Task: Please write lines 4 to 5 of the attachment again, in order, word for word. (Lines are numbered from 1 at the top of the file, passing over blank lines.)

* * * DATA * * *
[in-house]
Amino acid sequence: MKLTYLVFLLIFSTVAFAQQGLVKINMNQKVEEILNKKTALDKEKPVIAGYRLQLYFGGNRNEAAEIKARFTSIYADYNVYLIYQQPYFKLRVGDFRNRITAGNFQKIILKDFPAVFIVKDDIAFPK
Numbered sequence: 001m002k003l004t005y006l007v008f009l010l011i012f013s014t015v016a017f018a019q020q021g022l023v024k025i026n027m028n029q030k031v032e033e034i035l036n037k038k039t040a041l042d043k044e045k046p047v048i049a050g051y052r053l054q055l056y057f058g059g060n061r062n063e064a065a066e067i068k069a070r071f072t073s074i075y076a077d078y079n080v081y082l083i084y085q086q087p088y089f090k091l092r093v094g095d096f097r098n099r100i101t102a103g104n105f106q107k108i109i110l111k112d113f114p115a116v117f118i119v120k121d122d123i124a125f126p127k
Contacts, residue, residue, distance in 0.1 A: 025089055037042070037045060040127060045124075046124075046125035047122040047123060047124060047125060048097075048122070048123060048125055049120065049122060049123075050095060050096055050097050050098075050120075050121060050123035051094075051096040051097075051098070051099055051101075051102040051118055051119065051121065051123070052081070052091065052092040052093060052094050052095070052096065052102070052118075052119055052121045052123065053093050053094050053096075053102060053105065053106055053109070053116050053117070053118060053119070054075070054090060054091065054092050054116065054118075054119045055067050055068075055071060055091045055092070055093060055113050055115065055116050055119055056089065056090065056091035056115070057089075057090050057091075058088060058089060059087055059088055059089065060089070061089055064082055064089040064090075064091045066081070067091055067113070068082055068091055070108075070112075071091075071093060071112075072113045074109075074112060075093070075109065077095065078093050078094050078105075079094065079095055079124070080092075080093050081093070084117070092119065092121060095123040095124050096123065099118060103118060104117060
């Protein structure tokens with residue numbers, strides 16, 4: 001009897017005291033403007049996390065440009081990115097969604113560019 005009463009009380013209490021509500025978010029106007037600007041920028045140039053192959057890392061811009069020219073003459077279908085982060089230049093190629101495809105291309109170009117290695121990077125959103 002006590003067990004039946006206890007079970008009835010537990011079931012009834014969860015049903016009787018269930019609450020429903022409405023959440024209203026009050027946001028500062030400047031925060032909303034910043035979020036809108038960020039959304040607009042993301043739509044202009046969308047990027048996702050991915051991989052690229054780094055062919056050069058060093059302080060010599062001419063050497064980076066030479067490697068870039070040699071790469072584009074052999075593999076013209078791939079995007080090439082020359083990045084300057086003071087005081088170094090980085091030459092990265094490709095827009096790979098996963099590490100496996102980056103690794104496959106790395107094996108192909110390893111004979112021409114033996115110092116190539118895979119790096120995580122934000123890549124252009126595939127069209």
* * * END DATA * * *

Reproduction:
Contacts, residue, residue, distance in 0.1 A: 025089055037042070037045060040127060045124075046124075046125035047122040047123060047124060047125060048097075048122070048123060048125055049120065049122060049123075050095060050096055050097050050098075050120075050121060050123035051094075051096040051097075051098070051099055051101075051102040051118055051119065051121065051123070052081070052091065052092040052093060052094050052095070052096065052102070052118075052119055052121045052123065053093050053094050053096075053102060053105065053106055053109070053116050053117070053118060053119070054075070054090060054091065054092050054116065054118075054119045055067050055068075055071060055091045055092070055093060055113050055115065055116050055119055056089065056090065056091035056115070057089075057090050057091075058088060058089060059087055059088055059089065060089070061089055064082055064089040064090075064091045066081070067091055067113070068082055068091055070108075070112075071091075071093060071112075072113045074109075074112060075093070075109065077095065078093050078094050078105075079094065079095055079124070080092075080093050081093070084117070092119065092121060095123040095124050096123065099118060103118060104117060
């Protein structure tokens with residue numbers, strides 16, 4: 001009897017005291033403007049996390065440009081990115097969604113560019 005009463009009380013209490021509500025978010029106007037600007041920028045140039053192959057890392061811009069020219073003459077279908085982060089230049093190629101495809105291309109170009117290695121990077125959103 002006590003067990004039946006206890007079970008009835010537990011079931012009834014969860015049903016009787018269930019609450020429903022409405023959440024209203026009050027946001028500062030400047031925060032909303034910043035979020036809108038960020039959304040607009042993301043739509044202009046969308047990027048996702050991915051991989052690229054780094055062919056050069058060093059302080060010599062001419063050497064980076066030479067490697068870039070040699071790469072584009074052999075593999076013209078791939079995007080090439082020359083990045084300057086003071087005081088170094090980085091030459092990265094490709095827009096790979098996963099590490100496996102980056103690794104496959106790395107094996108192909110390893111004979112021409114033996115110092116190539118895979119790096120995580122934000123890549124252009126595939127069209």